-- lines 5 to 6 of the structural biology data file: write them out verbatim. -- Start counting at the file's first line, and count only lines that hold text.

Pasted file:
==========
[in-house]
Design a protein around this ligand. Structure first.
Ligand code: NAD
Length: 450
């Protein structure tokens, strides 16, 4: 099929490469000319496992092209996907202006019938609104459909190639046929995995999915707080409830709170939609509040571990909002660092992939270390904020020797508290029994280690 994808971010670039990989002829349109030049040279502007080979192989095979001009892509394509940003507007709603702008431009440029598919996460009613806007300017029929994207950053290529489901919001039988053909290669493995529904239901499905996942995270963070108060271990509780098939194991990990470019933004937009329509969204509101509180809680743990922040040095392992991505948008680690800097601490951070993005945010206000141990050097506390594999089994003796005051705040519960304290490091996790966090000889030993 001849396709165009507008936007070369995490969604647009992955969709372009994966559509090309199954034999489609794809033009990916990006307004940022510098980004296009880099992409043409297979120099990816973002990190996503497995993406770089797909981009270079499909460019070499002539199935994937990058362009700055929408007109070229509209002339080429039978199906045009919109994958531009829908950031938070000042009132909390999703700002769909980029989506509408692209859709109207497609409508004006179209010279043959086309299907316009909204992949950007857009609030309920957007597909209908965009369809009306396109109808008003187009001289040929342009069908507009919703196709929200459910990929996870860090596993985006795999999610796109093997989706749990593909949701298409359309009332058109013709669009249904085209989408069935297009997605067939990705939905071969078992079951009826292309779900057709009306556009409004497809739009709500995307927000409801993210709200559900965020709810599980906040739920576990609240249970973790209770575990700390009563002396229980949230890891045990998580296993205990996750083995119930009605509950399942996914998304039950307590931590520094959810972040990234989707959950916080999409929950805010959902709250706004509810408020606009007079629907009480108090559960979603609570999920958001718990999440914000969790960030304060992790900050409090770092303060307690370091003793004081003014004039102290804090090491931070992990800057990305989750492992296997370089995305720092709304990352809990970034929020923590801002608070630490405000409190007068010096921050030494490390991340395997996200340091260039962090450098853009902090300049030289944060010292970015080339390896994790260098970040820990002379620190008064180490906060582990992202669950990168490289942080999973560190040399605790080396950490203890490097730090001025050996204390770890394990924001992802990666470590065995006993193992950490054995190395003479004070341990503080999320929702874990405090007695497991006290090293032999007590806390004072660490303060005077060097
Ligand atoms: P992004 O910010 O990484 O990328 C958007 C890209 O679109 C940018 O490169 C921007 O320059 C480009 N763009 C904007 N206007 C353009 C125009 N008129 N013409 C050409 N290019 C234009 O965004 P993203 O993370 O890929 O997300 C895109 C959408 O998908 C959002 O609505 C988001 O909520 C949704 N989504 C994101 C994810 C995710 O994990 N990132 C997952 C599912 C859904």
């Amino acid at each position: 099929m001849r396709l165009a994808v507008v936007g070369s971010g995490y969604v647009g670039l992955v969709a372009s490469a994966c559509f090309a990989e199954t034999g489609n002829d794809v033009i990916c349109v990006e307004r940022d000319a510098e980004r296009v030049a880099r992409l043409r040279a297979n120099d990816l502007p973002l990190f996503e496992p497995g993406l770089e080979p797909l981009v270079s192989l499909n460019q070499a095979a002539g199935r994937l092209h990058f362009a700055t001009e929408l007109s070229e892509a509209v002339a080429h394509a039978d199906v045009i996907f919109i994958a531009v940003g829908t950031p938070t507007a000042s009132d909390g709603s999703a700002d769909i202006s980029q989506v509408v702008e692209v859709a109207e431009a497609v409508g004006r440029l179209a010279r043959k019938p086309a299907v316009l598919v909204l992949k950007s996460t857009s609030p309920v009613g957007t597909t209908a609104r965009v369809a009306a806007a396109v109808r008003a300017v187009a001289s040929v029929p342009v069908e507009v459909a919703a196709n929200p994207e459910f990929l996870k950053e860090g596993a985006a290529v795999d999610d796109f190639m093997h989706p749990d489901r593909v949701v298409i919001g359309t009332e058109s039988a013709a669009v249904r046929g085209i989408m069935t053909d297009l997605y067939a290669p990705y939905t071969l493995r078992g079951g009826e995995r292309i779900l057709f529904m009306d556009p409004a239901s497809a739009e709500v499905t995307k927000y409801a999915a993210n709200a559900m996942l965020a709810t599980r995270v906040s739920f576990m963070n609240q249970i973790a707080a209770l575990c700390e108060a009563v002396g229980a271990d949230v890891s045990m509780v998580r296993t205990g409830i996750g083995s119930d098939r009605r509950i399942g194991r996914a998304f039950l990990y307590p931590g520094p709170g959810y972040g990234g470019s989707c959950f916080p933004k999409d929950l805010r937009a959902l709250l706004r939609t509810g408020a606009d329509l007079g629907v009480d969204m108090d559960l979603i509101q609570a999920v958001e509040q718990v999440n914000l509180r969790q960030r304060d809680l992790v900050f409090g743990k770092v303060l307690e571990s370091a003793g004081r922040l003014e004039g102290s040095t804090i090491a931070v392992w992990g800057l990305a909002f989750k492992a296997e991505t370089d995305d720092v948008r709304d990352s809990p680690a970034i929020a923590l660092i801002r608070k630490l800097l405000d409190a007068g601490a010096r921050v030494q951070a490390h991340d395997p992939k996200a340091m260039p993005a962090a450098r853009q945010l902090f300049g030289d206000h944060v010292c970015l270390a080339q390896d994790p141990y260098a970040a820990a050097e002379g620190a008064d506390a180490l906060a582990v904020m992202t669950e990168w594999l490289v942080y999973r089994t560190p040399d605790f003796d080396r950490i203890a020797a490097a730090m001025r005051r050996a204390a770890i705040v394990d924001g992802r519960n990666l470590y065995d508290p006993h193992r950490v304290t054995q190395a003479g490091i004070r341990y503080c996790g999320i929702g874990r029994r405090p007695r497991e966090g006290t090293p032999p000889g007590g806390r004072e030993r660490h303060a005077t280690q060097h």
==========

């Protein structure tokens, strides 16, 4: 099929490469000319496992092209996907202006019938609104459909190639046929995995999915707080409830709170939609509040571990909002660092992939270390904020020797508290029994280690 994808971010670039990989002829349109030049040279502007080979192989095979001009892509394509940003507007709603702008431009440029598919996460009613806007300017029929994207950053290529489901919001039988053909290669493995529904239901499905996942995270963070108060271990509780098939194991990990470019933004937009329509969204509101509180809680743990922040040095392992991505948008680690800097601490951070993005945010206000141990050097506390594999089994003796005051705040519960304290490091996790966090000889030993 001849396709165009507008936007070369995490969604647009992955969709372009994966559509090309199954034999489609794809033009990916990006307004940022510098980004296009880099992409043409297979120099990816973002990190996503497995993406770089797909981009270079499909460019070499002539199935994937990058362009700055929408007109070229509209002339080429039978199906045009919109994958531009829908950031938070000042009132909390999703700002769909980029989506509408692209859709109207497609409508004006179209010279043959086309299907316009909204992949950007857009609030309920957007597909209908965009369809009306396109109808008003187009001289040929342009069908507009919703196709929200459910990929996870860090596993985006795999999610796109093997989706749990593909949701298409359309009332058109013709669009249904085209989408069935297009997605067939990705939905071969078992079951009826292309779900057709009306556009409004497809739009709500995307927000409801993210709200559900965020709810599980906040739920576990609240249970973790209770575990700390009563002396229980949230890891045990998580296993205990996750083995119930009605509950399942996914998304039950307590931590520094959810972040990234989707959950916080999409929950805010959902709250706004509810408020606009007079629907009480108090559960979603609570999920958001718990999440914000969790960030304060992790900050409090770092303060307690370091003793004081003014004039102290804090090491931070992990800057990305989750492992296997370089995305720092709304990352809990970034929020923590801002608070630490405000409190007068010096921050030494490390991340395997996200340091260039962090450098853009902090300049030289944060010292970015080339390896994790260098970040820990002379620190008064180490906060582990992202669950990168490289942080999973560190040399605790080396950490203890490097730090001025050996204390770890394990924001992802990666470590065995006993193992950490054995190395003479004070341990503080999320929702874990405090007695497991006290090293032999007590806390004072660490303060005077060097
Ligand atoms: P992004 O910010 O990484 O990328 C958007 C890209 O679109 C940018 O490169 C921007 O320059 C480009 N763009 C904007 N206007 C353009 C125009 N008129 N013409 C050409 N290019 C234009 O965004 P993203 O993370 O890929 O997300 C895109 C959408 O998908 C959002 O609505 C988001 O909520 C949704 N989504 C994101 C994810 C995710 O994990 N990132 C997952 C599912 C859904």